I felt that in making these two films—Pillar as my graduation film, and then Violet as my first feature film—it was a subject that I grasped enough to make works about. I was always afraid to touch upon things I didn’t know or fully understand. Grieving and loss are so huge that nobody can even pretend to know what it is or what its mechanics really are. And in a way, it felt safe. It felt like a safe choice, especially because the film took place in a sealed-off reality. The political realities hardly seeped in; they exist but they’re on the edges of the film. That’s the part that might be immature, at least on the content side: the fear of opening a film world, and to make a film that was large enough or diffuse enough. This was something I could hide behind, and there are probably still things I hide behind (laughs). But yeah, if you make a first film, you have to have a sense of safety.
Are there things you feel like you learned from making your first feature that propelled you to make Hellhole (2019)?
It wasn’t clear in the moment, but it was clear in retrospect that Hellhole was a reaction to Violet, just like how Ghost Tropic (2019) was a clear reaction to making Hellhole. I felt like there was something about the aesthetics of Violet that was powerful and dangerous, there was something seductive about it. But there was also something fragile. I was trying to think about distance in a different way: How do we see a character? How do we place a character in an image? How do we treat space?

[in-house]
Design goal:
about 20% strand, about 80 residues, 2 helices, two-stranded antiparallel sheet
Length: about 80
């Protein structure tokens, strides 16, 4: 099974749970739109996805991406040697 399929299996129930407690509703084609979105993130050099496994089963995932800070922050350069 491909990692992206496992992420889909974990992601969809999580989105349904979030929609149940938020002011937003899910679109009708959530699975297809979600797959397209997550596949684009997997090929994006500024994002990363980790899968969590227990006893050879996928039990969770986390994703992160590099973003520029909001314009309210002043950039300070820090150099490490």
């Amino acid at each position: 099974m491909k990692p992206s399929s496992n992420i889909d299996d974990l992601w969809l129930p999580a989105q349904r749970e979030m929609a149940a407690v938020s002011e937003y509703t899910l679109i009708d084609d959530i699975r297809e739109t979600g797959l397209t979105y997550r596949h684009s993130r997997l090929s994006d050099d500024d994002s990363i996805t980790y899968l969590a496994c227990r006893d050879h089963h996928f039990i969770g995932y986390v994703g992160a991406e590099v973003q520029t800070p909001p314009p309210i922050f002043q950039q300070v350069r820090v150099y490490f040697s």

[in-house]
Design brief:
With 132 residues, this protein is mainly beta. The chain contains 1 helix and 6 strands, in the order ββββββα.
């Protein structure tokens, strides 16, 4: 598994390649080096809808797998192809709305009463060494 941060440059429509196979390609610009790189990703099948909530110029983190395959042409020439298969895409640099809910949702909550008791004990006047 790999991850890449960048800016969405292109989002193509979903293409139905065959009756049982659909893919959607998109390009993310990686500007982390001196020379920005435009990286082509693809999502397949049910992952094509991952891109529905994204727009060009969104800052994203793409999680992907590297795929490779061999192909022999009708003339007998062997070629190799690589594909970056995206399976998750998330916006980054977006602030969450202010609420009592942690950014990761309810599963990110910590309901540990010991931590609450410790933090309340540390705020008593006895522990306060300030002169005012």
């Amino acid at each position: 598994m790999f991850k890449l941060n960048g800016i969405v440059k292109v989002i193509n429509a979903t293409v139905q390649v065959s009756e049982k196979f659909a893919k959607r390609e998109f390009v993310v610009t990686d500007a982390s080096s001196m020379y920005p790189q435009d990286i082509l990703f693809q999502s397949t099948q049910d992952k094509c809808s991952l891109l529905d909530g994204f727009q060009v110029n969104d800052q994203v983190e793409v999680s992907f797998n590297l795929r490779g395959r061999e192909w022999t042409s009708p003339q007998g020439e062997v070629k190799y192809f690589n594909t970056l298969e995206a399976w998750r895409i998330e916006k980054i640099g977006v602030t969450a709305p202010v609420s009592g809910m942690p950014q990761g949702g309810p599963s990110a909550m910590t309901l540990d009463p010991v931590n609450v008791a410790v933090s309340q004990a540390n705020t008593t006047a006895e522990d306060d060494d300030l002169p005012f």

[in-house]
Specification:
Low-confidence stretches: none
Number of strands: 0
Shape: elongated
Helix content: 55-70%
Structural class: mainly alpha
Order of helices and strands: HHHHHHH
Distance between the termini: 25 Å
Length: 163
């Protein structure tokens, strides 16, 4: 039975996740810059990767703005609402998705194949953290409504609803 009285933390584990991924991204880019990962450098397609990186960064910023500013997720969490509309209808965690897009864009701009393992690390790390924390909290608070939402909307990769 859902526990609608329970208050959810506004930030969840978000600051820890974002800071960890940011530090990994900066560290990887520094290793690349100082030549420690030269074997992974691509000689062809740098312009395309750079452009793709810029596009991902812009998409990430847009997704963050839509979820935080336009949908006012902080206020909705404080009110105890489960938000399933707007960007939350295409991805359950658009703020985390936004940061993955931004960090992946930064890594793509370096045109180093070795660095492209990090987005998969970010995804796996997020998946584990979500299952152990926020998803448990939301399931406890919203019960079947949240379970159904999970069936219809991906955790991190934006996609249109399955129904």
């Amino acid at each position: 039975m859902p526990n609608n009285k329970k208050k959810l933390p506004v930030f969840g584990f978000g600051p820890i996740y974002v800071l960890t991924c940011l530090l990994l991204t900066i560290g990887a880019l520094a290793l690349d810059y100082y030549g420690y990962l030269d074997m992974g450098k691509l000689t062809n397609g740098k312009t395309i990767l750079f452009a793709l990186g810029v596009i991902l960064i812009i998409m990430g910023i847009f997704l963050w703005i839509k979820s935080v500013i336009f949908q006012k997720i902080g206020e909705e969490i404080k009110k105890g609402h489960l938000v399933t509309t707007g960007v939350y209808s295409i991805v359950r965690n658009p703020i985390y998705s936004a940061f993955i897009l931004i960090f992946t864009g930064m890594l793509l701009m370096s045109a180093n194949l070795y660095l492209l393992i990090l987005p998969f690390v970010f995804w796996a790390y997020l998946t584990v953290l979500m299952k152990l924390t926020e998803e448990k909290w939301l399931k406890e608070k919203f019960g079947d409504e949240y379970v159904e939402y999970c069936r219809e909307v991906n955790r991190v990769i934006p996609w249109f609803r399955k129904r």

I was thinking a lot about indoor spaces, and how growing up in a village means something totally different from growing up in a city. The idea that when I was young, I could walk around my house and could see it from all sides and have this mental image of my home—it’s totally different in the city. I have no idea what my home would look like from the outside. I live four stories high in an apartment; I can’t walk around it for sure. There’s a strange, spatial relationship between the indoors and outdoors. I was thinking a lot about these things, of space and film, and how I wanted to do something different. And I definitely wanted the city to take part in that. I was thinking about how the city separates lives even though we seem to be so much closer to each other physically. Like, behind this wall (gestures at the wall in front of him), there is a life and I literally don’t know about it. There is nothing special about these thoughts, but they were very present in my thinking.